Recognize the excuse

The six most frequently mentioned reasons for not placing yourself in a higher salary scale, why these are non-arguments and what you can do about them.

  1. 'There is no more money'

    Education employers often say: there is no financial room. Or: our foundation already has the maximum number of people in scale LD. Roelf van der Ploeg, director at the AOb en fuwasys*Fuwasys is the abbreviation for the job evaluation system used by ministries, provinces, municipalities and in education. In this system, jobs are classified according to fixed criteria, with the aim of identifying and justifying salary says that this argument does not hold water: “Employers must adhere to the collective agreements and the job evaluation system. Nowhere in the collective labor agreement does it say that money can be a reason not to comply with the agreements.”

  2. 'You have to follow an education first'

    The fuwa system is based on tasks or competencies, not on someone's education. Of course, your employer can ask you to take a course, but if you already perform enough tasks that are part of a job that is scaled higher, you are entitled to that higher scale. That is independent of training.

  3. 'Then you will have to take on extra and/or heavier tasks'

    That depends on what you are currently doing. Most educational foundations or associations have a function house. Some call this a function structure. Your employer links tasks to positions and salary scales. Such a function house is a must fuwa proof*Roelf van der Ploeg of the AOb: “Fuwasys is not an exact science, but it must be transparent what it entails and how your employer applies fuwasys. Your employer must be able to provide you with the job classification system if you request it. At larger institutions, someone from HR or human resources is often fuwa certified. Smaller school groups often call in an external agency to create and update their job classification system.” to be. In short: if you already perform the tasks that belong to a higher salary scale – assigned, substantial and structural are important terms – you are entitled to a higher salary scale.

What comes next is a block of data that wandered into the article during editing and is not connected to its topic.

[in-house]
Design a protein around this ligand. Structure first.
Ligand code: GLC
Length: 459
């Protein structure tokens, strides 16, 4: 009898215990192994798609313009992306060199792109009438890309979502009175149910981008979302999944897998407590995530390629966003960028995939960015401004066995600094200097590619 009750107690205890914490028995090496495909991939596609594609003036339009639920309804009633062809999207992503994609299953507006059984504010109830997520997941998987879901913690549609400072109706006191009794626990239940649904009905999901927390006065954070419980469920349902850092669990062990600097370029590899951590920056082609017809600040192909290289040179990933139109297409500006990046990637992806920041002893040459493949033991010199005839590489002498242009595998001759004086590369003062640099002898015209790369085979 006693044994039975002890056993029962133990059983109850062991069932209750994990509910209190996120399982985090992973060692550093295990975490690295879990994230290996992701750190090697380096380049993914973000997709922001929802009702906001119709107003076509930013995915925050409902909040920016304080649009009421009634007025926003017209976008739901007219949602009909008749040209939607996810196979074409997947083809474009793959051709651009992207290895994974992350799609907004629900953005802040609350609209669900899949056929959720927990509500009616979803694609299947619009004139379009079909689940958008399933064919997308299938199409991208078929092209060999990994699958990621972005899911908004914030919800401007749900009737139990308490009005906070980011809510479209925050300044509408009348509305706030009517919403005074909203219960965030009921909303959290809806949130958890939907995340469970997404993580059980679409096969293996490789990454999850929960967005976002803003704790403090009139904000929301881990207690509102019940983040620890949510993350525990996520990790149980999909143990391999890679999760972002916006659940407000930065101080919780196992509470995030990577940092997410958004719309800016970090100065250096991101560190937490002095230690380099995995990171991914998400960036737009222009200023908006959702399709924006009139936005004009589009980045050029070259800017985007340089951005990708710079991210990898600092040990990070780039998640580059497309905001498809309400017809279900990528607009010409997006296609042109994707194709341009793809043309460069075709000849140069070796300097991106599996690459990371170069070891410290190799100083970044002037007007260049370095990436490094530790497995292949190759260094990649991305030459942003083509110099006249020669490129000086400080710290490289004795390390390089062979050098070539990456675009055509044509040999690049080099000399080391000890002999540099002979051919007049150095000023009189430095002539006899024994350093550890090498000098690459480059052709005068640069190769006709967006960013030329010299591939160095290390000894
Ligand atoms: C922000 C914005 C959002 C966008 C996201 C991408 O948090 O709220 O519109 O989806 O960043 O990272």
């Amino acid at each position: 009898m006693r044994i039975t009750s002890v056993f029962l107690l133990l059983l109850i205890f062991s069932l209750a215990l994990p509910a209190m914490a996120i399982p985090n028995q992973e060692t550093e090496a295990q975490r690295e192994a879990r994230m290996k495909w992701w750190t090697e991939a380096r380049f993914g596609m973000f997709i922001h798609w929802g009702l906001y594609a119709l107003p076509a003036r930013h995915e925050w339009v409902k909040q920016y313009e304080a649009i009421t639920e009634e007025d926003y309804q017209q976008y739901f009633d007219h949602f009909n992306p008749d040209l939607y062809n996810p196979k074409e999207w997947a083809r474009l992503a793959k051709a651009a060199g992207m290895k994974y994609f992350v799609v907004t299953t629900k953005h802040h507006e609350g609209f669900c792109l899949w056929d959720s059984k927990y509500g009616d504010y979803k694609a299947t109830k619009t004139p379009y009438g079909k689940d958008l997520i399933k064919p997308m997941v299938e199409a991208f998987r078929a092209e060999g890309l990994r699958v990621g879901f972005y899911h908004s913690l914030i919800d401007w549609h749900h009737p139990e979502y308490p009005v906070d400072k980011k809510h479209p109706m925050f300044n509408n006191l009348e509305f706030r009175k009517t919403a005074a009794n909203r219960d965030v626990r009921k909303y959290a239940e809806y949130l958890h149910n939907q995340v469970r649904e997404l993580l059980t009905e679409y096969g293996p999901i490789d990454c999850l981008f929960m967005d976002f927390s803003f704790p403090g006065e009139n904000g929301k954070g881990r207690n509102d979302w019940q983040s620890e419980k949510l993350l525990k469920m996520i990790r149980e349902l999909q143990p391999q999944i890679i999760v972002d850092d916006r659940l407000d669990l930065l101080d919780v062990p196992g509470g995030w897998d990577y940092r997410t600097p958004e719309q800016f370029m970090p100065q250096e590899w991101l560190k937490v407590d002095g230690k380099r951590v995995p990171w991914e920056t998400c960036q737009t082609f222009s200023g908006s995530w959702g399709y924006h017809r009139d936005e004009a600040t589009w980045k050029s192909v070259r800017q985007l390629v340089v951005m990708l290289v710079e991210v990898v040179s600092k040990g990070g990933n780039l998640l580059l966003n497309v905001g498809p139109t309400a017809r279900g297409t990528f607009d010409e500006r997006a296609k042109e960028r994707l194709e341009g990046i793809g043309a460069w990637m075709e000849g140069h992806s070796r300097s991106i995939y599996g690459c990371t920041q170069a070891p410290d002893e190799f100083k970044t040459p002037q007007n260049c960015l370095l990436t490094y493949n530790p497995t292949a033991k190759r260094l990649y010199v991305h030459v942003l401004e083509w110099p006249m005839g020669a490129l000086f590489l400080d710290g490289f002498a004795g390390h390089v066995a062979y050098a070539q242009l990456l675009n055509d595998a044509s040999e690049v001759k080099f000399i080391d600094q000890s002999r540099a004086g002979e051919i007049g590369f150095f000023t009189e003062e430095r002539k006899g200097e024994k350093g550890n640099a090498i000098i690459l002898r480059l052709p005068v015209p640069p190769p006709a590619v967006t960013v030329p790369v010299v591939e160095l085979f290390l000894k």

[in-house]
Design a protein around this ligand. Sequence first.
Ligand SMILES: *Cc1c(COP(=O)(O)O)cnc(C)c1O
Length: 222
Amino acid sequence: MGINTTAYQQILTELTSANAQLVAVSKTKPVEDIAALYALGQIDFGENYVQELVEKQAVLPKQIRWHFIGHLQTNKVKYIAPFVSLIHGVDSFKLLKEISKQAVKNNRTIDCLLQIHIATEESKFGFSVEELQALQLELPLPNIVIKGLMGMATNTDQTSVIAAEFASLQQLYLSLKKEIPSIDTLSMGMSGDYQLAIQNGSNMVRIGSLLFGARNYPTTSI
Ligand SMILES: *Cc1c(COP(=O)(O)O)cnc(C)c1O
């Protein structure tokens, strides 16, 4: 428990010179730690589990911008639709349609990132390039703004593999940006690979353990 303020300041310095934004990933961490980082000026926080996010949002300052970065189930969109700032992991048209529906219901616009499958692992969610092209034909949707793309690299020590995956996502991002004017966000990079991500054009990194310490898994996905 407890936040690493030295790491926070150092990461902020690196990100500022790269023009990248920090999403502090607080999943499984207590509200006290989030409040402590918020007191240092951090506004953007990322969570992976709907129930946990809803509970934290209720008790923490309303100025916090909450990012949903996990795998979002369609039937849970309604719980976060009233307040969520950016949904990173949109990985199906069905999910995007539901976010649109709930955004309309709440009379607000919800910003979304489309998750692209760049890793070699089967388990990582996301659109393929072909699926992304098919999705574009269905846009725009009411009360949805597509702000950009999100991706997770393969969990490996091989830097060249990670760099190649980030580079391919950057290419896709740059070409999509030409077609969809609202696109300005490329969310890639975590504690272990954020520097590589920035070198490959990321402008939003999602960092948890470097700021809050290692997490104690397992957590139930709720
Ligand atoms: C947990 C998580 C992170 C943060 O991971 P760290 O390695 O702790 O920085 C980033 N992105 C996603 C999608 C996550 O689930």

4. 'Show first that you can do it'

    You have to prove it first, they say. Making it happen in practice. Executives in MBO often say: show that you are 'LC-worthy'. Are those legitimate terms? No, says Van der Ploeg. Portfolios, appointment advisory committees and internal application procedures also fall under the category of schools' 'wonderful own policy'. The bottom line remains: if you perform tasks that belong in a higher salary scale – assigned, substantial and structural – then you are entitled to a higher salary scale.

  5. 'We can offer an allowance'

    Work allowances are 'the mirrors and beads' of education, says Van der Ploeg. “It is always temporary and it gives you less than a higher salary scale. If your work actually belongs in a higher scale, then I would always go for that and not be fobbed off with an allowance.”

  6. 'We don't have this function'

    In fact, the organization then says: we have not described this position and included it in our job classification system. Van de Ploeg: “That is possible, but then the school may not ask employees to perform the tasks associated with this position.” If this is the case, you as an employee can:

    • Stop performing the affected tasks
    • Accept that you will not be rewarded for some of your work (the AOb not in favor of that)
    • Have your case examined by the national job evaluation objections committee
    • Find colleagues who run into the same thing and report you to the AOb† Such as, for example teaching assistants to do.